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Concerned about Asian Carp? You Should Be, Warn Experts

DNR: Heed the menacing fish’s advance into Fridley waters.

Out of sight is out of mind for many boaters along the St. Croix and Mississippi waterways. But that doesn’t mean the specter of invasive Asian carp isn’t lurking beneath the surface.

The carp—infamous for hurling out of the water in hordes (silver carp) and siphoning up vital plankton that native fish depend on (bighead carp)—have been making a northward trek up the Mississippi River since escaping into open waters from southern fish ponds in the '80s.

“I think we should be concerned that if they do become established they could affect a lot of our native fishes,” said Tim Schlagenhaft, a planner with the Minnesota Department of Natural Resources.

“It could affect our recreational use and they jump up out of the water so there’s some safety hazards," he said. “We should be concerned but I don’t think people need to panic. We do continue to monitor the developments.”

Schlagenhaft said he is hoping to change that and educate the public on the impacts these invasive aquatic species could bring.

“People should keep in tune to what’s going on,” said Schlagenhaft. “We are trying to address the problem long-term and address their populations should they become established.”

Critical Mass in the Mississippi and St. Croix rivers. A bighead carp was caught near Prescott, WI, in April sparking a resurgent effort to protect the natural and economic resources of the area.

If the troubling fish become established, as they have in many downstream locations, protective headgear may soon be fashionable during weekend cruises. One need only look at the Illinois River to see how fast the Asian carp population can spiral out of control and begin injuring boaters and waterskiers, as well as damaging that area’s native fish population.

Bighead carp can grow to 110 pounds and silver carp (the jumping kind) can bulk up to 60 pounds. Those can be big projectiles.

Schlagenhaft says Minnesota towns aren’t in danger of having those types of experiences yet, but added there is a lot they don’t know.

“Downriver, they started showing up in small numbers and then all of a sudden they reach a critical mass,” said Schlagenhaft. “Either the timing is right or the river conditions are right or they have a certain critical mass of the population that spawn, and the population grew quickly.

"But it’s a different river down there," he said. "We’re not certain what the populations will do up here.”

'Evolving' Response
A multi-agency effort is underway through the National Park Service, Minnesota and Wisconsin DNR, and a hodge-podge of local governments and non-profit organizations to protect the Mississippi and St. Croix waters from Asian carp.

“It’s been evolving,” Schlagenhaft said of the efforts. “It’s was an ad hoc informal task force formed last January that evolved. That group developed an action plan, that was the main focus of that group. Now that we have that, we’re trying to implement that.”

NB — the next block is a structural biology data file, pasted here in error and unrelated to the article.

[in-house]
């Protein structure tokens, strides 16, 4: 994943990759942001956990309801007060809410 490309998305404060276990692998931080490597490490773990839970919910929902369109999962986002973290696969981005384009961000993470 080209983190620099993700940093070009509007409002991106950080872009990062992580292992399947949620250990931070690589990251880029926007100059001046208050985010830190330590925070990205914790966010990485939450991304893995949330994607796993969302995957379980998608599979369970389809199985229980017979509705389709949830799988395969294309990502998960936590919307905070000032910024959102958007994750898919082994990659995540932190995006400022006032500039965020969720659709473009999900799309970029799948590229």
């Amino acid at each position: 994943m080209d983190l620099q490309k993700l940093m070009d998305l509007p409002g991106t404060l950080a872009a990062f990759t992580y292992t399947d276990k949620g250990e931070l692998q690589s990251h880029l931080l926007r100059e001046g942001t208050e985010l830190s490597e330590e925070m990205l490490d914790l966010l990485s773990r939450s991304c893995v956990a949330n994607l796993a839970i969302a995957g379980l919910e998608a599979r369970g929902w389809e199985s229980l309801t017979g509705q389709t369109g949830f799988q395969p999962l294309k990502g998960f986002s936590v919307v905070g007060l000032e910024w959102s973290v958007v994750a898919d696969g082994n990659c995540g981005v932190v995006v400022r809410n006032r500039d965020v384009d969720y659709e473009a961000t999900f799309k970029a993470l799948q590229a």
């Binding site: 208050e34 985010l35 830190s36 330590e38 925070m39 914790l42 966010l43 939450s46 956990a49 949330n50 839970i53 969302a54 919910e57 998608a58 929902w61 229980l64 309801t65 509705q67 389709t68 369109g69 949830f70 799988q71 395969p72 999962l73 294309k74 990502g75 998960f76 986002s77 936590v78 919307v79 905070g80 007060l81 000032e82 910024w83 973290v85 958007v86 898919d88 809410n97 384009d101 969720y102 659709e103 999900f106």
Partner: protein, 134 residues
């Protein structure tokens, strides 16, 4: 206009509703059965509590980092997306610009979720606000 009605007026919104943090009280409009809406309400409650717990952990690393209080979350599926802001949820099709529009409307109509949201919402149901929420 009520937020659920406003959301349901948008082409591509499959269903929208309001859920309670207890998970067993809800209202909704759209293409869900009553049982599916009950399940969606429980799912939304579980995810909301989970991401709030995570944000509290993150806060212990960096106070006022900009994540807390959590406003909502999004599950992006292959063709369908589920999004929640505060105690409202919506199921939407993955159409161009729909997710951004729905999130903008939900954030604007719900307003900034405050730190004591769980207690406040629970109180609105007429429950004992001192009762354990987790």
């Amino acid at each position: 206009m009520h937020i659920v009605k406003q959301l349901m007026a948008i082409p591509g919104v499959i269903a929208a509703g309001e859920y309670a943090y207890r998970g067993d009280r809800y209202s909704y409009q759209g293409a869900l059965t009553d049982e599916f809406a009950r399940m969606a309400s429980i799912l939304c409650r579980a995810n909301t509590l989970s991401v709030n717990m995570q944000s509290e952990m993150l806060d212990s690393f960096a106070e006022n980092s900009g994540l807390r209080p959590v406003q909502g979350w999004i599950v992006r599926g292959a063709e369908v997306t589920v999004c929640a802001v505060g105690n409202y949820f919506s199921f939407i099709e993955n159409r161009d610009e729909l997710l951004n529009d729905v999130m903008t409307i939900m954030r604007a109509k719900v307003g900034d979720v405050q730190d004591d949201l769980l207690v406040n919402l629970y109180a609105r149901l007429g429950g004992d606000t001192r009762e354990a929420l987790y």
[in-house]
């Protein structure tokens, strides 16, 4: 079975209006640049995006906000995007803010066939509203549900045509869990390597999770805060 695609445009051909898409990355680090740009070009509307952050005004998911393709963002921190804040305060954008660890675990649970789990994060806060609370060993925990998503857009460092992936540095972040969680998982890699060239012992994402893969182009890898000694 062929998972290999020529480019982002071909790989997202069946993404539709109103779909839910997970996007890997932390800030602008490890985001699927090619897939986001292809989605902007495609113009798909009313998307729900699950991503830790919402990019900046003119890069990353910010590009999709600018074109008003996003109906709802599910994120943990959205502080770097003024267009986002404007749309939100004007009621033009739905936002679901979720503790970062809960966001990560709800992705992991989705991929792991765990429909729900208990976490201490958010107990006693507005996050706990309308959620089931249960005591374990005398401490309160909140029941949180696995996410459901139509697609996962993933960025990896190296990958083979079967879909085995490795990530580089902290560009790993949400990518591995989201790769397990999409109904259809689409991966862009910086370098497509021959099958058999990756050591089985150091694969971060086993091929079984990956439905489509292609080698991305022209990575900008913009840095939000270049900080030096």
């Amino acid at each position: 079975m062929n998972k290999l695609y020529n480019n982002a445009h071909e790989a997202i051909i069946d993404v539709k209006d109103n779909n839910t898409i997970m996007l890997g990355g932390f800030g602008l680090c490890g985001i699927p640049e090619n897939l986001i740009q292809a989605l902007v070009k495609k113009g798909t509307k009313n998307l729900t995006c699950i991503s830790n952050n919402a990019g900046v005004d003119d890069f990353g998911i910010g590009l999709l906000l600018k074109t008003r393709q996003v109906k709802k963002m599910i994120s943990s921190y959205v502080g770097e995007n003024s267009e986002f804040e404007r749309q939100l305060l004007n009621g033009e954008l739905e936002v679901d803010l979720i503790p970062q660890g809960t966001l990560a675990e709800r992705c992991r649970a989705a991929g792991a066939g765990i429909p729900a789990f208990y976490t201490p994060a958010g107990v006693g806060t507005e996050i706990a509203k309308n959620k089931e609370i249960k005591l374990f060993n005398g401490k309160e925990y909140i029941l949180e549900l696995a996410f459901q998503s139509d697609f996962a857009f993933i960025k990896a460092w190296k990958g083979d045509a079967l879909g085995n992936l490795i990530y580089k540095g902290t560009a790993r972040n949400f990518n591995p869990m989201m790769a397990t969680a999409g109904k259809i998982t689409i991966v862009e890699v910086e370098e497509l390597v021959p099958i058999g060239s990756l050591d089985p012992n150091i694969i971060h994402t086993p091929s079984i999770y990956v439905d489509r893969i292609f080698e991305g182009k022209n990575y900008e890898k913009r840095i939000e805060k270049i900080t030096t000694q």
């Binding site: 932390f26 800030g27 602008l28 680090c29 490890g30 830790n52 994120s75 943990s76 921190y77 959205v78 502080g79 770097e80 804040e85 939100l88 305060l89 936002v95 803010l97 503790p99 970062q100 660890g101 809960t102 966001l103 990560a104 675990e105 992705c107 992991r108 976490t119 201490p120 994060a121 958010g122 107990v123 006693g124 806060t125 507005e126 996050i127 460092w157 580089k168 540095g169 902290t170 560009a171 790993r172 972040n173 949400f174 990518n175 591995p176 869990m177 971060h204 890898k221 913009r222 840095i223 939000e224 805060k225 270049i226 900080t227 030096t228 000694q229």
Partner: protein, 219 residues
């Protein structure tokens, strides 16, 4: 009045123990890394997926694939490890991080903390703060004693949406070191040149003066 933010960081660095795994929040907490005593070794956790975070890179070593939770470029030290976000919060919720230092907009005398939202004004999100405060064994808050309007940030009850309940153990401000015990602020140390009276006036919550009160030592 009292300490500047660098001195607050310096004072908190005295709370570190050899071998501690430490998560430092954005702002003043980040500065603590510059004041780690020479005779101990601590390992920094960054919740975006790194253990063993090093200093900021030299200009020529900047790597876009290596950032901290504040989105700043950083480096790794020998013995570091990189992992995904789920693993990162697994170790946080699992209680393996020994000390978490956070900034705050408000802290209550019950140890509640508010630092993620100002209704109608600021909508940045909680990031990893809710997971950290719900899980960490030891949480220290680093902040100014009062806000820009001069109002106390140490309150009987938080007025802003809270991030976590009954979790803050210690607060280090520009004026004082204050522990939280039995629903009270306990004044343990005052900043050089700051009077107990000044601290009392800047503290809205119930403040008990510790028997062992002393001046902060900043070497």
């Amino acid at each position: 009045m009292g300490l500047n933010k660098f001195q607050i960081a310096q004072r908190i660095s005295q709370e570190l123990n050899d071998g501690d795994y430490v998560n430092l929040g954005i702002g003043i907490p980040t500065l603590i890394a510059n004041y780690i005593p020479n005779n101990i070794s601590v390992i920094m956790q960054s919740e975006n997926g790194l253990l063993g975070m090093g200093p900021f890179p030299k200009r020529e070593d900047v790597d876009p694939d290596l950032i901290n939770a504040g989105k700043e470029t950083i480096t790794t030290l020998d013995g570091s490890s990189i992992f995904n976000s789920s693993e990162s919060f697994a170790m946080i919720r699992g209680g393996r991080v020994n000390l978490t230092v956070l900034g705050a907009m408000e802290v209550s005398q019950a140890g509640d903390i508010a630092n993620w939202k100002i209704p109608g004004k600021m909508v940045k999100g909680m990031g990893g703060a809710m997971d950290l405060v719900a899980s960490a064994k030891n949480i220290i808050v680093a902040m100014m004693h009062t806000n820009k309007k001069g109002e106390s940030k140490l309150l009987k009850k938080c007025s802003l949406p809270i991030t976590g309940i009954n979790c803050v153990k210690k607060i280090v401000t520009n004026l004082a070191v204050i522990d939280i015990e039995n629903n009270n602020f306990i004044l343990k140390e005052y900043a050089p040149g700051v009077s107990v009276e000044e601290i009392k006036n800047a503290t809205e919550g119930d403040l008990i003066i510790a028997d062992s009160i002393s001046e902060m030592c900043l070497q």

That action plan includes the recently completed DNA testing as well as studies to plan for prevention as well as control should populations become established.

“We’re looking to cover all areas,” said Schlagenhaft.

have been proposed as possible barriers to stop the northward march. But those solutions would leave the St. Croix and anywhere downriver of an effective Mississippi barrier vulnerable to the spread.

Technological barriers that employ bubbles, sound and light are being discussed for deployment at the mouth of the St. Croix River and some Mississippi locks further downstream, but many experts agree those would be far from 100 percent effective.

So far, about a dozen Asian carp have been found along the Minnesota and Wisconsin riverways since 1996. So they are here. The questions remains as to in what numbers.

'Leading Edge'
Schlagenhaft is concerned about the number of positives in the recent DNA testing results but said interpreting those results is difficult.

“We’re not exactly sure what that means,” he said of the results. “The positives mean there’s Asian carp DNA in the water, but not necessarily from live fish. It could be other sources. We’re assuming there’s live fish because the risk is significant. But we’re continuing to learn and try to sort out what the DNA is telling us at this time.”

Schlagenhaft says he considers the St. Croix and Upper Mississippi are seeing “the leading edge” of what could be an unwanted wave, but admits there is no evidence as of yet to suggest the fish are reproducing or that population levels are increasing.

A recent check with Hudson and Stillwater marinas revealed only passing chatter of Asian carp. “Nobody has really seen any in this area,” said Barb Lockway of Wolf Marine in Stillwater. “I don’t really know much about them, honestly. No one’s really talking about it.” Other area marinas contacted along the St. Croix echoed those statements.

Still, he urges boaters and fishermen to take precautions to prevent the spread and report any sightings to the DNR.

“Don’t transport bait from one water body to another,” he urged. “These small Asian carp look similar to other bait fish. If they catch a fish, they should keep the fish and contact the DNR as soon as possible. We would come out to investigate that fish.”

For more information of Asian carp, visit www.asiancarp.us, the Minnesota DNR website, or the Wisconsin DNR website.

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